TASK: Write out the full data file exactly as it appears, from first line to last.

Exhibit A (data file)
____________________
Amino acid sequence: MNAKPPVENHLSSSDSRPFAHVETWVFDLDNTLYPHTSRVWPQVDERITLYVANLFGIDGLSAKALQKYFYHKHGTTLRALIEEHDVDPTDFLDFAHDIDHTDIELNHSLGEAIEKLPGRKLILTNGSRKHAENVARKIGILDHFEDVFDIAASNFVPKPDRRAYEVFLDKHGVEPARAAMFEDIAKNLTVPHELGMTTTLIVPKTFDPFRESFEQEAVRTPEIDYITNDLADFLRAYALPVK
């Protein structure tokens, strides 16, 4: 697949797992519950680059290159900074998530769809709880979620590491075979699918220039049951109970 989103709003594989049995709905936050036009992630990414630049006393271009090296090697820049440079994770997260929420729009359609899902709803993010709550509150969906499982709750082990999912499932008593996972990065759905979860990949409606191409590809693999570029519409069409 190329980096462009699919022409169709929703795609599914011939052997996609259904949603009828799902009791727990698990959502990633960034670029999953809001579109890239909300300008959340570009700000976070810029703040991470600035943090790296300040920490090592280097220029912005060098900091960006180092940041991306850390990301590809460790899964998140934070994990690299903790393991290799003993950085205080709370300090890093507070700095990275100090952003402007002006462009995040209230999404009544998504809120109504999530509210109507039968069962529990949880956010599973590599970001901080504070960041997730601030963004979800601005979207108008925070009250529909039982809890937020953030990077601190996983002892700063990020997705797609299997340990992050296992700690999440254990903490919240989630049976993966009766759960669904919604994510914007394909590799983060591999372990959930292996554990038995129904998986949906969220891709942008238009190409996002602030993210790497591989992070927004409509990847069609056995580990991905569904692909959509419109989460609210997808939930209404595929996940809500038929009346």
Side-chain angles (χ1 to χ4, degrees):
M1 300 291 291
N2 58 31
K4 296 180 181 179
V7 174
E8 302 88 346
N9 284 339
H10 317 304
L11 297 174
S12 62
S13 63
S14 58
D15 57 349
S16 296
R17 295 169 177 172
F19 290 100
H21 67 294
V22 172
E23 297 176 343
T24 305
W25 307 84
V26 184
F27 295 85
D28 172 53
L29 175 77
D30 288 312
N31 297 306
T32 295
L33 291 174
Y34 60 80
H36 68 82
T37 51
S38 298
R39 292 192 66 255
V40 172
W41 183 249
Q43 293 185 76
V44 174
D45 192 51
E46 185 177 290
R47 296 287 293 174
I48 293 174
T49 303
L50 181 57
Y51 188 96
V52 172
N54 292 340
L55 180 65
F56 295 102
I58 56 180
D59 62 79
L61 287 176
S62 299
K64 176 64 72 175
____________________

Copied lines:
Amino acid sequence: MNAKPPVENHLSSSDSRPFAHVETWVFDLDNTLYPHTSRVWPQVDERITLYVANLFGIDGLSAKALQKYFYHKHGTTLRALIEEHDVDPTDFLDFAHDIDHTDIELNHSLGEAIEKLPGRKLILTNGSRKHAENVARKIGILDHFEDVFDIAASNFVPKPDRRAYEVFLDKHGVEPARAAMFEDIAKNLTVPHELGMTTTLIVPKTFDPFRESFEQEAVRTPEIDYITNDLADFLRAYALPVK
């Protein structure tokens, strides 16, 4: 697949797992519950680059290159900074998530769809709880979620590491075979699918220039049951109970 989103709003594989049995709905936050036009992630990414630049006393271009090296090697820049440079994770997260929420729009359609899902709803993010709550509150969906499982709750082990999912499932008593996972990065759905979860990949409606191409590809693999570029519409069409 190329980096462009699919022409169709929703795609599914011939052997996609259904949603009828799902009791727990698990959502990633960034670029999953809001579109890239909300300008959340570009700000976070810029703040991470600035943090790296300040920490090592280097220029912005060098900091960006180092940041991306850390990301590809460790899964998140934070994990690299903790393991290799003993950085205080709370300090890093507070700095990275100090952003402007002006462009995040209230999404009544998504809120109504999530509210109507039968069962529990949880956010599973590599970001901080504070960041997730601030963004979800601005979207108008925070009250529909039982809890937020953030990077601190996983002892700063990020997705797609299997340990992050296992700690999440254990903490919240989630049976993966009766759960669904919604994510914007394909590799983060591999372990959930292996554990038995129904998986949906969220891709942008238009190409996002602030993210790497591989992070927004409509990847069609056995580990991905569904692909959509419109989460609210997808939930209404595929996940809500038929009346």
Side-chain angles (χ1 to χ4, degrees):
M1 300 291 291
N2 58 31
K4 296 180 181 179
V7 174
E8 302 88 346
N9 284 339
H10 317 304
L11 297 174
S12 62
S13 63
S14 58
D15 57 349
S16 296
R17 295 169 177 172
F19 290 100
H21 67 294
V22 172
E23 297 176 343
T24 305
W25 307 84
V26 184
F27 295 85
D28 172 53
L29 175 77
D30 288 312
N31 297 306
T32 295
L33 291 174
Y34 60 80
H36 68 82
T37 51
S38 298
R39 292 192 66 255
V40 172
W41 183 249
Q43 293 185 76
V44 174
D45 192 51
E46 185 177 290
R47 296 287 293 174
I48 293 174
T49 303
L50 181 57
Y51 188 96
V52 172
N54 292 340
L55 180 65
F56 295 102
I58 56 180
D59 62 79
L61 287 176
S62 299
K64 176 64 72 175